GRAND RAPIDS, Mich. (WOOD) — Parents and teachers at one Grand Rapids school raised $500,000 to build a new sensory-rich playground.
Built in the 1970s, the old playground equipment at Grand Rapids Public Schools’ Lincoln Developmental Center was made of wood. It was not safe for kids with special needs.
But after a five-year project that raised a half a million dollars, the playground is perfect for people with special needs.
“It’s just more important for our special needs population to be more independent,” Rose Wiekierak, whose 34-year-old daughter Rachael has special needs, said. “They don’t get that many opportunities.”
The new outdoor leaning environment is designed to offer vivid sights, sounds and feelings to stimulate people with special needs.
“Even the bridge up here, it’s got different textures on the flooring,” Wiekierak showed 24 Hour News 8. “You can still feel the different vibration when you’re riding the bike.”
It’s a project that means so much to families like Wiekierak’s that it was hard for her to put into words.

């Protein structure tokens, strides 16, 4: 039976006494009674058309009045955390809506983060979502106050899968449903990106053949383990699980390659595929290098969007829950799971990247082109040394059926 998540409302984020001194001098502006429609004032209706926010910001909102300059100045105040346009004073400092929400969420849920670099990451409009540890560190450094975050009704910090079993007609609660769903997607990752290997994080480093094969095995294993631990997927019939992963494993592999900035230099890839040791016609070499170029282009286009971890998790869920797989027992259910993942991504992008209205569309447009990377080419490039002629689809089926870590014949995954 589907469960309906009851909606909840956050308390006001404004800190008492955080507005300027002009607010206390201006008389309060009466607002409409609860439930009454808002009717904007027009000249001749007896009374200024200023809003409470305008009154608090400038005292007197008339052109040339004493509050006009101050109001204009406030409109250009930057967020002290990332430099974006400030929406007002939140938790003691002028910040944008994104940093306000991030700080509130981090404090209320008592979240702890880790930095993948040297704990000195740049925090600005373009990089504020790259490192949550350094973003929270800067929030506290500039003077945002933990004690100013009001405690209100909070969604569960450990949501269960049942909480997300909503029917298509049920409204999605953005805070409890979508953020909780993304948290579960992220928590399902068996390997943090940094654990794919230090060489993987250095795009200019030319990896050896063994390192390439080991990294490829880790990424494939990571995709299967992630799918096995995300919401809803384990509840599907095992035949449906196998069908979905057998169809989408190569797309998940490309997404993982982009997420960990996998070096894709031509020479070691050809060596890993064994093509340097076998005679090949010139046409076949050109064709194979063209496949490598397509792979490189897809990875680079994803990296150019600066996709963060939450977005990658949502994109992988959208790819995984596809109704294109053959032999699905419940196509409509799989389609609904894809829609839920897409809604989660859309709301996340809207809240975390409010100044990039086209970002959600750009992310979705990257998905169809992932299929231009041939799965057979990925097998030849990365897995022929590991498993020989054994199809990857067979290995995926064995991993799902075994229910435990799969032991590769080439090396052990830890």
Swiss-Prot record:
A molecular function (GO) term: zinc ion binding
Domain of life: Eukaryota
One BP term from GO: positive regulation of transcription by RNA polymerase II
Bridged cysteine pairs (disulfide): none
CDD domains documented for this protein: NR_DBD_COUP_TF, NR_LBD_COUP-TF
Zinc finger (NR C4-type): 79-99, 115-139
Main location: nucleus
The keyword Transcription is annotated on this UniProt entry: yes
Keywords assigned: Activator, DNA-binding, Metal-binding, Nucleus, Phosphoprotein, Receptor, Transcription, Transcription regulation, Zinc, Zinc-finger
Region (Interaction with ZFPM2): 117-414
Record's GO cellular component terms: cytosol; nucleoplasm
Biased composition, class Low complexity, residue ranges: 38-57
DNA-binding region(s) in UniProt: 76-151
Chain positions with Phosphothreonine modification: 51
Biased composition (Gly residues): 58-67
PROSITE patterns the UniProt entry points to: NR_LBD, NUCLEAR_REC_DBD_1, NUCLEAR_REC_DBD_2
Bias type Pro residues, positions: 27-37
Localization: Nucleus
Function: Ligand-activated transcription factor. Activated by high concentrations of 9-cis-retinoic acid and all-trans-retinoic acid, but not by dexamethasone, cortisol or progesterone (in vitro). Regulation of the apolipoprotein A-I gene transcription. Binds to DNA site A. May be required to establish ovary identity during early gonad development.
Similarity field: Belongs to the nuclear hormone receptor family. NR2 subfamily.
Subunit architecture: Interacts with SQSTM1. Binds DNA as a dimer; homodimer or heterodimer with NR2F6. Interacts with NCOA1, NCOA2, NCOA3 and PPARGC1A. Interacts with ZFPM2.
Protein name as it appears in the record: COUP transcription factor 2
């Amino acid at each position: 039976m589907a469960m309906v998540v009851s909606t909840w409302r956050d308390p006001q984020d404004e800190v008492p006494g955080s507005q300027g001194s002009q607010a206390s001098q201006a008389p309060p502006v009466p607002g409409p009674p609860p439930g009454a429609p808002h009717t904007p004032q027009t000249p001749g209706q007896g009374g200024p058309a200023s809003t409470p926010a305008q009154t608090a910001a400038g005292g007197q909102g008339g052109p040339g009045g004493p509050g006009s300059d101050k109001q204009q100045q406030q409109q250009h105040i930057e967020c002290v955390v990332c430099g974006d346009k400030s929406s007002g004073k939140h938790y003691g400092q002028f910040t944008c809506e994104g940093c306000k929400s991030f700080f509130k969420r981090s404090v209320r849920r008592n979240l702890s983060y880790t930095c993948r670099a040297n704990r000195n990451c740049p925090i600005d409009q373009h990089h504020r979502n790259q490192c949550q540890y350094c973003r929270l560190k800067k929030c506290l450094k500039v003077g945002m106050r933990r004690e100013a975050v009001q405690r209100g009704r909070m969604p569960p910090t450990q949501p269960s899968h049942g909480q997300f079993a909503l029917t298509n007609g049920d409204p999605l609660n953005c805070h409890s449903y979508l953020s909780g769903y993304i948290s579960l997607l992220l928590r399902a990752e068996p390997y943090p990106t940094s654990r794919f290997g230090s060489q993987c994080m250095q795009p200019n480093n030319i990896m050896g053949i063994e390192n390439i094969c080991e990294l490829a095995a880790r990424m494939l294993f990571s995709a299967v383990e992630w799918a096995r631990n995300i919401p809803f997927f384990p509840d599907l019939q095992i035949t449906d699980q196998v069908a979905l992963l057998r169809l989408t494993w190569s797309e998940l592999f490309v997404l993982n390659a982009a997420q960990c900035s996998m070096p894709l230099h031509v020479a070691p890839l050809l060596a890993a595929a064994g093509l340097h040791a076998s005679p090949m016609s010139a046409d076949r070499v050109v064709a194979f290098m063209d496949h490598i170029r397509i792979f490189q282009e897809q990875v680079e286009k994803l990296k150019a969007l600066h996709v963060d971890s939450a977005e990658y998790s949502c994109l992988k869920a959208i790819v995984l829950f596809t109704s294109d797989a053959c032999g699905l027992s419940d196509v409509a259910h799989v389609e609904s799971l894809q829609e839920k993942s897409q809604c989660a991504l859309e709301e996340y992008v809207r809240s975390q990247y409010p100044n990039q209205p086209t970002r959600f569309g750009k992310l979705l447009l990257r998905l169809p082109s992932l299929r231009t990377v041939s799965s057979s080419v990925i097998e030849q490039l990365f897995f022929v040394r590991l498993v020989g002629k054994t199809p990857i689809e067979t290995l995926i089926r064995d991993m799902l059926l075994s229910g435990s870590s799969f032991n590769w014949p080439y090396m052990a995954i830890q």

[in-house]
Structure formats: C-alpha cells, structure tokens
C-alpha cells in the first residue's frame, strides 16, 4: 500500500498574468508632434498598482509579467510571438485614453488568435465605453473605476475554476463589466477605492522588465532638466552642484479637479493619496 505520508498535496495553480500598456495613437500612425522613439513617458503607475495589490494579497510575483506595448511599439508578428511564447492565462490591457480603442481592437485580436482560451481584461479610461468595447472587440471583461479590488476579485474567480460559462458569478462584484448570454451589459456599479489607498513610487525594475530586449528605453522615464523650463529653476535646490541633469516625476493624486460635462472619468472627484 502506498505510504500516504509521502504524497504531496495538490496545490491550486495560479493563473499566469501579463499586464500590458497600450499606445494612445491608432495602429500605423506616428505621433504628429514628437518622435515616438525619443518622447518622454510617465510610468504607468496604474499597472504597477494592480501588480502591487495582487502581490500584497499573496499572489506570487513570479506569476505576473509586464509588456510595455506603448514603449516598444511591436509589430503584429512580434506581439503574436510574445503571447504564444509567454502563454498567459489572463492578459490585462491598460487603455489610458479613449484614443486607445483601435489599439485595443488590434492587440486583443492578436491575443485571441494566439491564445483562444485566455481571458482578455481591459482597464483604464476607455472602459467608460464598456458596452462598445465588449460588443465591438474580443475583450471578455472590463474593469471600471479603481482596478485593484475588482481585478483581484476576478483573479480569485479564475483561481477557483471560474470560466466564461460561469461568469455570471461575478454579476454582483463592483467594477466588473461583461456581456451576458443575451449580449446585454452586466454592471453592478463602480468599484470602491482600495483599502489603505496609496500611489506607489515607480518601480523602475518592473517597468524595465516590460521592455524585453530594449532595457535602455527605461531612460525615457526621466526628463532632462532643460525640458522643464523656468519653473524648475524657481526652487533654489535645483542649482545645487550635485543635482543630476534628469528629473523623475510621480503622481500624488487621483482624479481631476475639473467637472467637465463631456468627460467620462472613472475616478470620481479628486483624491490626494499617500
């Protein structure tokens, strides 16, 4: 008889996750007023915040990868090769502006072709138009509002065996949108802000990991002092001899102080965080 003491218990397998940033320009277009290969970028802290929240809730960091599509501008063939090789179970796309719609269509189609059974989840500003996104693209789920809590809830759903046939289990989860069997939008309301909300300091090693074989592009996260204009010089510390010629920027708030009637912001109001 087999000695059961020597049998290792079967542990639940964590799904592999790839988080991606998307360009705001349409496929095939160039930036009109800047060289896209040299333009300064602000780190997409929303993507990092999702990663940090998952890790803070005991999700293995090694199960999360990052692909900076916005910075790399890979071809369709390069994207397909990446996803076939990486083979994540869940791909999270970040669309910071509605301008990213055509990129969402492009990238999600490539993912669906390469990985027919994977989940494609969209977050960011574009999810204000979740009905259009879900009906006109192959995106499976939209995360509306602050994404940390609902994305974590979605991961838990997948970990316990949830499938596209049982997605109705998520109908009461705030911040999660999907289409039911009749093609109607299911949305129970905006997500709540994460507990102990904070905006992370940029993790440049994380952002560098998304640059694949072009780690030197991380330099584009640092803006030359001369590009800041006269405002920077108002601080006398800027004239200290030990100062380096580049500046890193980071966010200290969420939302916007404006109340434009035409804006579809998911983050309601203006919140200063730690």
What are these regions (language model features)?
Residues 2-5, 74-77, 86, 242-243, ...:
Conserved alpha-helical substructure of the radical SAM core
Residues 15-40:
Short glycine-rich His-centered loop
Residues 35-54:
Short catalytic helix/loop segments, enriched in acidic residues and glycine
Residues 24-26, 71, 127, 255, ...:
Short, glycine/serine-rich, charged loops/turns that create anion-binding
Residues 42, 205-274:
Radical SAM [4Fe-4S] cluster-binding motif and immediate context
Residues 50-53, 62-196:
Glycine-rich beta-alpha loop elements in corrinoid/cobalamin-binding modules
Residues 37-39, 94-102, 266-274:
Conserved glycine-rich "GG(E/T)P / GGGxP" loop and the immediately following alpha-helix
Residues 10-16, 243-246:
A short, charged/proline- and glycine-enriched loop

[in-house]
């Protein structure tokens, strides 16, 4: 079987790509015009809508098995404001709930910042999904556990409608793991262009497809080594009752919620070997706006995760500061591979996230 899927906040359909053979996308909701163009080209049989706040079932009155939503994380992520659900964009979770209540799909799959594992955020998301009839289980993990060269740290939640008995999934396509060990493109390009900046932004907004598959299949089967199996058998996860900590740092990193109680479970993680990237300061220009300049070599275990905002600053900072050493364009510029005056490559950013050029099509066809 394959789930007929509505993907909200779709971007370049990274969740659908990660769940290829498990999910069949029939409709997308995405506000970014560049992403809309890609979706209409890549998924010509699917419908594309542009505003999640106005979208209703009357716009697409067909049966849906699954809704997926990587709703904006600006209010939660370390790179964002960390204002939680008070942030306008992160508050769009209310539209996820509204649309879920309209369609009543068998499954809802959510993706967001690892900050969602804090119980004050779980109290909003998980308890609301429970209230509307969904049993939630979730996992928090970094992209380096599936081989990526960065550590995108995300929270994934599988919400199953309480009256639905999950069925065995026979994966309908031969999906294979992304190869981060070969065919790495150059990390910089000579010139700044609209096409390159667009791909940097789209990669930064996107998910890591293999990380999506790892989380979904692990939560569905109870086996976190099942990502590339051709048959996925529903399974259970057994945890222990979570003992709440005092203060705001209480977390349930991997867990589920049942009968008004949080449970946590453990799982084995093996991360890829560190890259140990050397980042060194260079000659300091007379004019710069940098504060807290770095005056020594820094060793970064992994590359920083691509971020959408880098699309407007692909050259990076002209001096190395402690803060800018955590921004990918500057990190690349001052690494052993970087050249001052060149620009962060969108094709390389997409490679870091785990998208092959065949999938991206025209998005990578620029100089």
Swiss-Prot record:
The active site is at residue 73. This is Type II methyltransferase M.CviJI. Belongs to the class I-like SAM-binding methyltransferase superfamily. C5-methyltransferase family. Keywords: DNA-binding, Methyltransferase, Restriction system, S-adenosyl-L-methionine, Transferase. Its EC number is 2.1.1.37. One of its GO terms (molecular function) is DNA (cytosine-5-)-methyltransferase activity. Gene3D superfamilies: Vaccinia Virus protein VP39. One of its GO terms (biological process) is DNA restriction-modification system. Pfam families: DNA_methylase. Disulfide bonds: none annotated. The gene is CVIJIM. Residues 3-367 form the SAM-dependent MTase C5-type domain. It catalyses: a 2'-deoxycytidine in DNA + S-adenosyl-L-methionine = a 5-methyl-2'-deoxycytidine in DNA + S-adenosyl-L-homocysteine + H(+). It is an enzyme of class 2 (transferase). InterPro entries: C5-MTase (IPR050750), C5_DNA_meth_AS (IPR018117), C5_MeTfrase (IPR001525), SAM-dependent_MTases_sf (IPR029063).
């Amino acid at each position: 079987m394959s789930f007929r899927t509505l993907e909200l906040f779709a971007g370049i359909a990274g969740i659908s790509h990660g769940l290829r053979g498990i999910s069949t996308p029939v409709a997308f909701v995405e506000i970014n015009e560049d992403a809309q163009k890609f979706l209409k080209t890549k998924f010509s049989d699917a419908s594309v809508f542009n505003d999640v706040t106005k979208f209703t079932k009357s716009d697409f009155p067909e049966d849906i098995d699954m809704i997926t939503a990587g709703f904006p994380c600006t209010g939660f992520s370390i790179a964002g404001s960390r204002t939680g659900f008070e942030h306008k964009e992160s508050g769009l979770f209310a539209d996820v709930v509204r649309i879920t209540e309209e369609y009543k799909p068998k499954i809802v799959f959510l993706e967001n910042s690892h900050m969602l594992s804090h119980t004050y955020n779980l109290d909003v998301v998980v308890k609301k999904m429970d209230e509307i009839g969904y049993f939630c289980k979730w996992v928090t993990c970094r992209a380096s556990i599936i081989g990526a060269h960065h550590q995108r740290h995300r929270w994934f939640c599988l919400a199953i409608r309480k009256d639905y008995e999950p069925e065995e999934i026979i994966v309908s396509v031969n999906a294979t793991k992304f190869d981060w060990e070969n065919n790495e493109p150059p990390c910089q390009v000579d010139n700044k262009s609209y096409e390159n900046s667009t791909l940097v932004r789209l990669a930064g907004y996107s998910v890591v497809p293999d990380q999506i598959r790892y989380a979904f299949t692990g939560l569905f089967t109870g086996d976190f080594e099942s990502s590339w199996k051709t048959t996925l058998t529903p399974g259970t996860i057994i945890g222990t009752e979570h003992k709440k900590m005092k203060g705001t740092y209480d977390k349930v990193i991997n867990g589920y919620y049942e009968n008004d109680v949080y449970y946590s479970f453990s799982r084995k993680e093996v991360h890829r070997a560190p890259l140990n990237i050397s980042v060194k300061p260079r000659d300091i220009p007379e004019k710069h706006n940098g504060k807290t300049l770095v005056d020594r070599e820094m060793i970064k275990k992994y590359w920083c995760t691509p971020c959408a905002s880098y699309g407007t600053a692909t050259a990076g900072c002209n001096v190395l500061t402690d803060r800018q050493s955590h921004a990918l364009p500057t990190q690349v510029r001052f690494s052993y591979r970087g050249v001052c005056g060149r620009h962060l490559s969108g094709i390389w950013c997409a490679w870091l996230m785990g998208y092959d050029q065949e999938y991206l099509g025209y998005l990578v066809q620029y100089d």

“To stimulate somebody’s process of adventure, you don’t get many opportunities to instill that, or have places where we can take our children that’s going to make them excited,” said Wiekierak. “If this playground hadn’t been built, our kids still would be without that opportunity to play, be outside in the fresh air and be a part of life.”
“Every child, I think, deserves to run, and jump, play in the sand, get dirty, play in AstroTurf. We have it here. I think the impact is huge,” she went on to say.
The project would likely not have come to fruition on typical public school funding sources.
“When you’re looking at what’s available funding-wise, and how much it might cost to educate some of these children, and what we really need inside the building, this would have not been high on the priority list,” Lincoln Developmental Center Principal Lisa Merritt said.
So over the past five years, parents, teachers and staff at Lincoln fundraised.
They wrote grants and sold bricks to pay for the project. They gathered donations from the community — ranging from $100 to $100,000 — to make the playground a reality. The Kent Intermediate School District was the largest single donor to the project, but organizers thanked the generous West Michigan community.
“It’s hard to put into words, but when you see the smile on the face and the joy in the heart, it says it all,” Wiekierak said.
The official ribbon cutting for the outdoor learning center is set for Tuesday.